Address by President Nelson Mandela at the State Banquet hosted by President Mugabe, Harare - Zimbabwe

19 May 1997

Your Excellency President Robert Mugabe;
Distinguished guests;
Ladies and gentlemen,

We have been so often in each other's company in the last three years that I fear I have begun to take the pleasure of your company for granted. So let me start out by saying that I am once again honoured and pleased to be in the warm company of our neighbours and friends.

Though our countries share only a short border, our friendship stretches much further than those few kilometres. Its roots lie in our peoples' common striving for liberation. We will always be indebted to Zimbabwe and to you, Mr President, for the role you played in our liberation, as a member of the OAU and in your capacity as leader and Chairman of the Frontline states. We can never forget the self sacrificing support of the Zimbabwean people who treated us as their own and made their homes,our homes.

We also remember, Mr President, that you were the first African Head of State to visit democratic South Africa. That occasion, and our own visit to Zimbabwe a few days later, granted us the opportunity to reawaken the ancient bonds suppressed by apartheid and colonialism. Basking in the rays of our newly found peace and stability, we set ourselves on the path of a new struggle - that of regional development and growth.

In your address to the South African Parliament three years ago, you spoke of the challenges ahead of us. You warned of the obstacles in the path of development in the form of war and famine on our continent and in our region. Then as now we placed great value on your experience and wisdom.

It has long been recognised by all that development of any part of Southern Africa requires the development of the entire region. Our economies, our cultures, our histories and our futures are inextricably linked. Our common fight against poverty, disease and crime is the foundation for regional and bilateral co-operation for growth and development.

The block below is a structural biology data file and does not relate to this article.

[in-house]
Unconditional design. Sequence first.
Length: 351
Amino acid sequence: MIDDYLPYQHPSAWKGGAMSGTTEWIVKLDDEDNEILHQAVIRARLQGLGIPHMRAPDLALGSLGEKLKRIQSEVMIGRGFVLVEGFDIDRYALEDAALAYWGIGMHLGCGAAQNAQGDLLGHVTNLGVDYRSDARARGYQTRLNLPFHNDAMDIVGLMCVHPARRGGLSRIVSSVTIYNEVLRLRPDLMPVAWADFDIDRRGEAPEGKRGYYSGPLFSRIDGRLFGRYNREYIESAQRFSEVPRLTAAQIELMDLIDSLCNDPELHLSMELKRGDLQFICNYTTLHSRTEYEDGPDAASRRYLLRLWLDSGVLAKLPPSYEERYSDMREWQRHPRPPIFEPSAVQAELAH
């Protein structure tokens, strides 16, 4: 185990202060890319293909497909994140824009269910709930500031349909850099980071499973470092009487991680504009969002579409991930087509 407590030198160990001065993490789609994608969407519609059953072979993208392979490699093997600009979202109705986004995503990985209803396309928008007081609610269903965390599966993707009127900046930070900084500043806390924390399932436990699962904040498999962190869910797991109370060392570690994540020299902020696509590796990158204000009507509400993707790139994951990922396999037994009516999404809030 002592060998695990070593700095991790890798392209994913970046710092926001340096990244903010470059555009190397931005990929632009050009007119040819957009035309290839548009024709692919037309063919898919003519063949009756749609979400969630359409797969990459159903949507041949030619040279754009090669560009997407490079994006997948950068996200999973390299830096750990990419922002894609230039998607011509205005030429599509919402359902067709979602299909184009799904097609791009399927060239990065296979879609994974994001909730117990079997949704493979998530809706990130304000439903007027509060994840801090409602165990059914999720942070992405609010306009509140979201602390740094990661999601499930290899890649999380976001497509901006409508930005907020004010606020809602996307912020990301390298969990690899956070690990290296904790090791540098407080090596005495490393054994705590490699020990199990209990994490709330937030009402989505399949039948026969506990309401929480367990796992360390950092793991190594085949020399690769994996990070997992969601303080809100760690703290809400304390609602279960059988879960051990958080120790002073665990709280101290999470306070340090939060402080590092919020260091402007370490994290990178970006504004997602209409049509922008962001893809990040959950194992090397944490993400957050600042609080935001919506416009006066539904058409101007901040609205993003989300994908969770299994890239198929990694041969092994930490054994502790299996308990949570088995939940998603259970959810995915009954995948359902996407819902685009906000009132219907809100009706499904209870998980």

The opportunities for building a strong, united region are there. Our strategic position between emerging economic powers in Asia and Latin America and our abundant natural resources lend us a comparative advantage. An effective strategy for sustained regional growth and balanced development will empower us further as a trading bloc.

The fact that the Southern African Development Community has already made great strides in this regard owes much to the influence and contribution of Zimbabwe. Practical progress in establishing regional approaches to infrastructure and the combating of crime, bears powerful witness to the benefits of co-operation.

By playing host to Operation Blue Hungwe, in which the South African National Defence Force participated along with the forces of other SADC countries, Zimbabwe has helped foster an effective mechanism for conflict prevention and resolution in the region and beyond. Our joint efforts with Botswana have shown the potential of regional efforts to promote the entrenchment of democracy and stability.

Ladies and gentlemen;

The early exchange of visits set the ball rolling for increased diplomatic, economic and culture interaction between South Africa and Zimbabwe. The High Commissions that were established shortly afterwards are busy keeping pace with our expanding relations. Today the Consular office of the South African High Commission to Zimbabwe issues the most visas of any of South Africa's diplomatic missions abroad. And we are proud of this.

Trade between our countries continues to flourish. History has decreed that the trade balance is skewed in our favour. But we have it in our power to achieve a more equitable trade relationship, and South Africa is committed to working towards the goal. That is why we reinstated the negotiated preferences on textiles and clothing, as we move carefully towards our shared goal of reducing internal barriers to regional trade.

Our co-operation in the fields of defence, cross border investment initiatives, road transport as well as the ongoing negotiations in many other areas ensure high level visits between Zimbabwe and South Africa constantly. In fact South African Ministers spend so much time in Zimbabwe that I am considering hiring premises in Harare as an alternative venue for our Cabinet meetings.

Mr President,

May our friendship and good relations grow from strength to strength.

Ladies and Gentlemen;

Please rise and raise your glasses in a toast to the continued healthy relations between Zimbabwe and South Africa and to the good health of His Excellency, President Robert Mugabe.

Issued by: Office of the President

Source: South African Government Information Website